Seasons Change

Rhian Taylor

As the seasons change from summer to winter here in the Falklands, we can see changes in the amount and diversity of zooplankton in the area. This is very exciting to see, as I continue to collect and sort through zooplankton samples collected between September and May. My PhD project aims to improve our understanding both of what zooplankton species we have here in the Falklands, but also how the abundance and distribution of these changes throughout the year.

Due to their importance as a food source for larger predators in the area (including fish, penguins, and whales), understanding the seasonal variation of the zooplankton could also help us understand some of the movements of these organisms. Having been in the Falklands since the beginning of February, I have gone out to collect zooplankton samples for my PhD project several times (and, if the weather clears up, I’m hoping to head out a final time before heading back to Aberdeen later this month).

Image above: selection of zooplankton from May sampling
It has been very interesting to see, even before sorting through the samples under the microscope, that there has been a clear difference in the community structure between collections. In February, I found a wide range of organisms in the samples, with no clear dominant species. These were, coincidentally, probably very good samples to have started with, as I quickly got an idea of the range of different species that I would need to identify.  
In March, the samples were dominated by gelatinous organisms, including comb jellies and a range of jellyfish, with very few of the other organisms present in February. On the next sampling trip (which ended up being in May, due to weather delays), there was a change again, with considerably fewer organisms found at any of the sample sites, and once again no clear dominant species.
Although the boat work is definitely the most exciting part of my work whilst I’m here (I don’t think I’ll get over the variety of wildlife that it’s possible to see here while collecting samples), I have spent a lot of time looking down a microscope and flicking through books and papers trying to identify the zooplankton species. Each set of samples seems to pose a different challenge when sorting under the microscope. October samples are dominated by multiple life stages of the lobster krill zoea, which are very useful to see when trying to identify the life history of this species (though require a lot more concentration to identify than some other samples). To add to the challenge of identifying the lobster krill larvae, these samples also contain the early larval stages for other decapod crustaceans, so it seems that spring is an important time of year for the crabs and lobsters, as well as fishThere is a time pressure to sort through the March samples, as the longer the gelatinous species are out of formalin, the less recognisable they are! My favourites at the moment are the May samples as, due to their low biomass, they are very quick to sort through. I also have found several instances of opportunistic feeding – where some of the larger, predatory organisms take the opportunity to get an easy meal while all of the sample is collected in the cod end of the net – for example, in the May samples, where arrow worms have decided to catch a few copepods (arrow worms are transparent organisms with large teeth and jaw hooks, making them excellent predators within the zooplankton community). Due to their transparent nature, it’s both easy and interesting to see how many they have been able to catch!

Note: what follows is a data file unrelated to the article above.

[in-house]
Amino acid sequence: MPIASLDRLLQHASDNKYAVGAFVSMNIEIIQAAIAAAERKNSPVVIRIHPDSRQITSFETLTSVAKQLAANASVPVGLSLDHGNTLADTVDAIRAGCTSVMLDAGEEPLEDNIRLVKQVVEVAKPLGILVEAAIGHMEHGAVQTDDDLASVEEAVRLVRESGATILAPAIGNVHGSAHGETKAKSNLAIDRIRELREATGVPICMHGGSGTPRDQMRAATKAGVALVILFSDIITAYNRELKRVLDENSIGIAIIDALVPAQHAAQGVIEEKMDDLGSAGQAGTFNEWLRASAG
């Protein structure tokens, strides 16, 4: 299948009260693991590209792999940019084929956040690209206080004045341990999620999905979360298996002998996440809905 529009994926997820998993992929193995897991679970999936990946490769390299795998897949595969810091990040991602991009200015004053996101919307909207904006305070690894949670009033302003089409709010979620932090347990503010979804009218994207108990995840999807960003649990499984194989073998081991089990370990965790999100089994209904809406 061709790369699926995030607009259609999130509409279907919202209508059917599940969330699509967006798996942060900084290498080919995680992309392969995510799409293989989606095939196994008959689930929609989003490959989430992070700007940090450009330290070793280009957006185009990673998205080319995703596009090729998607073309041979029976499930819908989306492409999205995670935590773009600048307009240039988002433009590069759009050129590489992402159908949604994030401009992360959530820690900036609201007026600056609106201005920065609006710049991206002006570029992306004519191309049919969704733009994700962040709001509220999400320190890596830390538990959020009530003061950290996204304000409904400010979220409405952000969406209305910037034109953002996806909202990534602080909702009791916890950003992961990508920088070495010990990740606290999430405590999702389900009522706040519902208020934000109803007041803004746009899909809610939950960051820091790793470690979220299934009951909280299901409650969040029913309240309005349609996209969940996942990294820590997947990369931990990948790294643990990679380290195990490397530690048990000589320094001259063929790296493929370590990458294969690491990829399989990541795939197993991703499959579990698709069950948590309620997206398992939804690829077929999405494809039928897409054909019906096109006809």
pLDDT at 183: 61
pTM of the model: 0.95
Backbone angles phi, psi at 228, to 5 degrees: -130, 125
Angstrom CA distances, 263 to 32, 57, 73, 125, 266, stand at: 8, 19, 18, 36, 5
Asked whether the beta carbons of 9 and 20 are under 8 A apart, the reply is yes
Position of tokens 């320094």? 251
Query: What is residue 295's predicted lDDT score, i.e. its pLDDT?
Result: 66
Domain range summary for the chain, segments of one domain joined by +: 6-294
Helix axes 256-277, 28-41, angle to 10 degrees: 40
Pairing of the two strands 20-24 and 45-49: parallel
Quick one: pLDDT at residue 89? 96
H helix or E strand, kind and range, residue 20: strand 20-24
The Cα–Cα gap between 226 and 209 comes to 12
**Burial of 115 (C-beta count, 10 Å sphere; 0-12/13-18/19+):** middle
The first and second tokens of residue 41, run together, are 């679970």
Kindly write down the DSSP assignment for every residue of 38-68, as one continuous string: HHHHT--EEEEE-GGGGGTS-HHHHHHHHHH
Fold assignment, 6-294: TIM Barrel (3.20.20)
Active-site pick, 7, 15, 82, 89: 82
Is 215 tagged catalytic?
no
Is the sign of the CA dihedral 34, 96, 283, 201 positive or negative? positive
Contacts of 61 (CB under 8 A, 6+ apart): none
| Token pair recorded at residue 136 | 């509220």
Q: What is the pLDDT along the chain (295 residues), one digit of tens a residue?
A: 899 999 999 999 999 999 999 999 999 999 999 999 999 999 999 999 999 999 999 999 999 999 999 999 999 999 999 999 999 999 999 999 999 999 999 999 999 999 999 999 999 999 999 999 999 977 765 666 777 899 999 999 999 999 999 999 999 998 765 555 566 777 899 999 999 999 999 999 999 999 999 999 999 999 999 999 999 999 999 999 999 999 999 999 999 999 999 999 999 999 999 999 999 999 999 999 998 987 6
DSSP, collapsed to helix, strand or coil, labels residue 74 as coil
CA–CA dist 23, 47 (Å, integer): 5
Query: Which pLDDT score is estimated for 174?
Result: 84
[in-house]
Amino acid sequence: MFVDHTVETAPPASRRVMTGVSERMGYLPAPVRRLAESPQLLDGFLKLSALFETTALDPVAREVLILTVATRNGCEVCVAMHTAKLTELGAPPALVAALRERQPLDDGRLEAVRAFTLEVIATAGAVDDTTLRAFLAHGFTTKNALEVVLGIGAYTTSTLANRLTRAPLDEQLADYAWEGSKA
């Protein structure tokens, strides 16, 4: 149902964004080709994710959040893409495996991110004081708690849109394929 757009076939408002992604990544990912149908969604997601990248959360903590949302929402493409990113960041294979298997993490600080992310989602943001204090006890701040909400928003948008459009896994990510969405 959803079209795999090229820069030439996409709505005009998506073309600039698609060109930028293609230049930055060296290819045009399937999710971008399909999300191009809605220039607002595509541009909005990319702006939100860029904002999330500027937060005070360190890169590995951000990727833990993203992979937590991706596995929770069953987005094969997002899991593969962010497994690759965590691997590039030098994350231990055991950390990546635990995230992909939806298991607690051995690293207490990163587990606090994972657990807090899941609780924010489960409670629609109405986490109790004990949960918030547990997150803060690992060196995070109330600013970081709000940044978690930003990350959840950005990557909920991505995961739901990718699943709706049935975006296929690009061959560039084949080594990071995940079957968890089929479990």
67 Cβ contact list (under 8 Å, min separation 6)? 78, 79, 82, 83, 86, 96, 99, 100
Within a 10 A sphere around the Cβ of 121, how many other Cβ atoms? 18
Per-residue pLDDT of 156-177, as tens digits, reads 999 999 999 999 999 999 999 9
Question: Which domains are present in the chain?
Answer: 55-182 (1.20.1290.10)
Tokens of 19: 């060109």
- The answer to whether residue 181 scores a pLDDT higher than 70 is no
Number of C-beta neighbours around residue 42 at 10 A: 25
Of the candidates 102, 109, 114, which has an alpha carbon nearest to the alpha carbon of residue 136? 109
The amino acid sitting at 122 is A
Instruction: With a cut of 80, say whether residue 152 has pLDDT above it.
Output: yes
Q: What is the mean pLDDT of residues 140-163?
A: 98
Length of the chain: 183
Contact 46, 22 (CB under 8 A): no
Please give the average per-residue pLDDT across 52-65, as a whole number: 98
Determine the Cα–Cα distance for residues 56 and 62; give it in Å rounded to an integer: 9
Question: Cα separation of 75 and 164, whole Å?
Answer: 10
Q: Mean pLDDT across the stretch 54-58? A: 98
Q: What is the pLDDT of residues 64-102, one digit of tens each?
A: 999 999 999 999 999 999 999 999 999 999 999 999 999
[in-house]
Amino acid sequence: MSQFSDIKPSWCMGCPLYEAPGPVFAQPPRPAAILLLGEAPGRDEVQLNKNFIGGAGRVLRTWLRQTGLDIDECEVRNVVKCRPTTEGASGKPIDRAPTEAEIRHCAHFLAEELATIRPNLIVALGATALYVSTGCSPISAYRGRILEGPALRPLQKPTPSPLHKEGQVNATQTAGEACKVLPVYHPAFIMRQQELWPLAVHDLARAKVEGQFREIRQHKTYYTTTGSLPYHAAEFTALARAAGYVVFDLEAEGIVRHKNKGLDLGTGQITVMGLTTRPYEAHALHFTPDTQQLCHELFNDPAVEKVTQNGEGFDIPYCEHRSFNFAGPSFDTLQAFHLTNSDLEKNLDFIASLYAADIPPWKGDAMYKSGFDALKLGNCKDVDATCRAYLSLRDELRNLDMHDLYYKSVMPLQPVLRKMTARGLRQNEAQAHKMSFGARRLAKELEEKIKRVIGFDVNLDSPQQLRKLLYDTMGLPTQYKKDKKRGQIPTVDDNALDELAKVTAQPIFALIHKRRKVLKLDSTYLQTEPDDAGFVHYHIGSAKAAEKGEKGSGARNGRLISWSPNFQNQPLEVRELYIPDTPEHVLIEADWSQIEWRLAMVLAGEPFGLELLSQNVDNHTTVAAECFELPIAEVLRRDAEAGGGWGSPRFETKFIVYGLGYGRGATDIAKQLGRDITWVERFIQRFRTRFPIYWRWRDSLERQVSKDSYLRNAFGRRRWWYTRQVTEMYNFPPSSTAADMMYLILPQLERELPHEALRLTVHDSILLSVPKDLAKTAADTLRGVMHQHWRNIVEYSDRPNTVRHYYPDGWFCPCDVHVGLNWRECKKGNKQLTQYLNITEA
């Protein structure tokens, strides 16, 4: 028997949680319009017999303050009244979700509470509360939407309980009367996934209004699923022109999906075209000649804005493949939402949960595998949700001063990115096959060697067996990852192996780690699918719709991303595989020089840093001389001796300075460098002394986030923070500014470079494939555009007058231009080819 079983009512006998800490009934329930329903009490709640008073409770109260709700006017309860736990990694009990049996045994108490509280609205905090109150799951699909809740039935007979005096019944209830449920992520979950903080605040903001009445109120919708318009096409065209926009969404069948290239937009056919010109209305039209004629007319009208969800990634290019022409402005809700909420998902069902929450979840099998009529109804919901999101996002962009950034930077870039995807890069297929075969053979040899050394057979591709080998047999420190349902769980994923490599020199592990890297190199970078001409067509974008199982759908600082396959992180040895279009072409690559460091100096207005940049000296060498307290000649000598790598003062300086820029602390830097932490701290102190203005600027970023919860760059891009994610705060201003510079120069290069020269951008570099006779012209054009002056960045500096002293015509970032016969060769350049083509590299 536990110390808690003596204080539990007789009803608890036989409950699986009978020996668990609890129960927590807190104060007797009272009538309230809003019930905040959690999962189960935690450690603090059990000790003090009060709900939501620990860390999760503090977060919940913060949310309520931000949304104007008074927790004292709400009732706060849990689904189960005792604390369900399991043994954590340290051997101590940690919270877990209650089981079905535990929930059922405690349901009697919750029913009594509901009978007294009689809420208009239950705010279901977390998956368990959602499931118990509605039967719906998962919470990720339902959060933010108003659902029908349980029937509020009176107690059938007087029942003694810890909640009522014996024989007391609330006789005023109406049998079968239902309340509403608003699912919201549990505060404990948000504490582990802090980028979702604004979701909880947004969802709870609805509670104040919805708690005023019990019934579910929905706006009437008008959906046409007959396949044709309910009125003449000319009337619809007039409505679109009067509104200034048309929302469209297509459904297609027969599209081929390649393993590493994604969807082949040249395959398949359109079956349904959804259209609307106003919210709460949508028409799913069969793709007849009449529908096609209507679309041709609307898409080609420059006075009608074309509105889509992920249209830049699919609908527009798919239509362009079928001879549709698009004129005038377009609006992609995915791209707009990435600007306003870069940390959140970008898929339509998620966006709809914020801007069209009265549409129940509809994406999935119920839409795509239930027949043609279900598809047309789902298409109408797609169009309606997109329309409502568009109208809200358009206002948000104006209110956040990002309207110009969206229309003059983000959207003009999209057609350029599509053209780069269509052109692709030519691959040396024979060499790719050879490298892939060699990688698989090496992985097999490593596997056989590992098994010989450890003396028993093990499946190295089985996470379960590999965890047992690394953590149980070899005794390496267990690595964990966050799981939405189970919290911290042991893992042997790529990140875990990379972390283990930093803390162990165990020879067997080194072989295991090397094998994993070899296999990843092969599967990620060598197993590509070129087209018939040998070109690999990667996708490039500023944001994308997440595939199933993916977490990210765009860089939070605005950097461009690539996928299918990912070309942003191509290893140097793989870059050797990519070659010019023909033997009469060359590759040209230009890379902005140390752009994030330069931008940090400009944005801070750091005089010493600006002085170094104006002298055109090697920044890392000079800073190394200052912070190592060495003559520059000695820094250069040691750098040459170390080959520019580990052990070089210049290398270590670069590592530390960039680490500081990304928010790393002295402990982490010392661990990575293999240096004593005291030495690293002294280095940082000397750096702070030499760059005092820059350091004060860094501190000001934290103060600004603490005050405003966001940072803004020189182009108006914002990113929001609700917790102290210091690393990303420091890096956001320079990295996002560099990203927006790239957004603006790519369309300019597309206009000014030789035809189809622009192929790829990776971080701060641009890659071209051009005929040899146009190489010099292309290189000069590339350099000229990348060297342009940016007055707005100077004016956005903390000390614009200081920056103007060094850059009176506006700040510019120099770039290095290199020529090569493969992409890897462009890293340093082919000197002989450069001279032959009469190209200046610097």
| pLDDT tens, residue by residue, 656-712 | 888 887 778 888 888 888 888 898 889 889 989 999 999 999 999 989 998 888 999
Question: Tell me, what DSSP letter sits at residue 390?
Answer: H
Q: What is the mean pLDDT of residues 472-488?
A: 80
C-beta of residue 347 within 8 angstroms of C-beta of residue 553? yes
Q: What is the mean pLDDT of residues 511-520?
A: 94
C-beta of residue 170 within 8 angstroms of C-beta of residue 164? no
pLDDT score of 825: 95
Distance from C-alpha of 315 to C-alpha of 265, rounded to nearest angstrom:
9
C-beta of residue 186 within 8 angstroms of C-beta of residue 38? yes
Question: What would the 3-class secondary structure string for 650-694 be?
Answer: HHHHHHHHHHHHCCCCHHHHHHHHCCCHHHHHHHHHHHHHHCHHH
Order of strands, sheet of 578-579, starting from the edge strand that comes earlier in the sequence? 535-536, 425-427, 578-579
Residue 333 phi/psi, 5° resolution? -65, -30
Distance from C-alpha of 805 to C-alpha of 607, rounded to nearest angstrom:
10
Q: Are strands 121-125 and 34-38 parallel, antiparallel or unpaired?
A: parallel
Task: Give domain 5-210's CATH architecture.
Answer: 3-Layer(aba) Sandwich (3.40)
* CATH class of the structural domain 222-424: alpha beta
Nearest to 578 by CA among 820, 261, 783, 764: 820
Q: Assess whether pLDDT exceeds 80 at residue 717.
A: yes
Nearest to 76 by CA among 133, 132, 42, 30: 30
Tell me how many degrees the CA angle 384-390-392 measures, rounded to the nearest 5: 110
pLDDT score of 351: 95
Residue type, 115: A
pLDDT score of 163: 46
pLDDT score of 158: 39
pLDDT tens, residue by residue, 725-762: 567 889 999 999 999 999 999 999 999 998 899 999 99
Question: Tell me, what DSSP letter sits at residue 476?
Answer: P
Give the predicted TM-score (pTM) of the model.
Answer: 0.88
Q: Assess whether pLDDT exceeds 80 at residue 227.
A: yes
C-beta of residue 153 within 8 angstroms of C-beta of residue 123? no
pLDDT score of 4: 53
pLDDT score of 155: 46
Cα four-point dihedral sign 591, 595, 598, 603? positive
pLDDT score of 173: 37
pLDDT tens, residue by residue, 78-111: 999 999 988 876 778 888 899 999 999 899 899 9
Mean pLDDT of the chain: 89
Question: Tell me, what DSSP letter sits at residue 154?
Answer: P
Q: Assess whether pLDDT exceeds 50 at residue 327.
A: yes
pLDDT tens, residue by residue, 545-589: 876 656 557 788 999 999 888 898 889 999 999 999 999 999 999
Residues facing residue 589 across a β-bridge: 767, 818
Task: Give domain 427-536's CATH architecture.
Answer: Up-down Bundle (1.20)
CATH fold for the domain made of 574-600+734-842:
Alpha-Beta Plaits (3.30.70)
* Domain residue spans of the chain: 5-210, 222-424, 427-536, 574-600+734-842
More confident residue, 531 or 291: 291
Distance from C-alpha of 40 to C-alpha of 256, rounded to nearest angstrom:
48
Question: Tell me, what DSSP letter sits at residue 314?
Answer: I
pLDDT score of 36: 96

Time seems to be going by so quickly now I’m preparing to head back to Aberdeen. Part of that preparation has involved subsampling or decanting my samples into smaller containers, and making sure everything is clearly and accurately labelled, ready for travel north (a process that I will definitely not be doing all in one go next time around). Although I’m sad to be leaving, it will be very interesting to work on the other part of my PhD work, where I use DNA barcoding to identify the species I have collected. Not only will this step help me identify and differentiate between some of the organisms that look very similar, but I will also be able to use this technique to support the work I have already been doing. One way I can do this is with the decapod larvae I mentioned earlier – I will be able to use this technique to confirm my identification of the different larval stages of lobster krill, and also get an idea of how many other species of crustacean krill I have in those samples. I am anticipating that the DNA record of species here won’t have all the zooplankton species I’m finding, but as I have also been identifying species by their physical characteristics, I can use species identified that way to add to this record. I’m really looking forward to seeing how the morphological identification I have been doing pairs with the molecular techniques I will be using.

This project is hosted by the University of Aberdeen and SAERI. Collaborators and sponsors include Fortuna LTD, Darwin Plus, Shallow Marine Surveys Group, Falkland Island Fisheries and the Environmental Studies Budget (Falkland Islands Government). Rhian’s PhD supervisors include Dr Jesse van der Grient and Dr Paul Brickle at SAERI and Professor Stuart Piertney and Dr Alex Douglas at the University of Aberdeen.
Image above: Fish larvae in May samples 
Image above: Large hydromedusae from March samples
Image above: grimothea zoeal stages
Image left: Taking a well deserved break between samples
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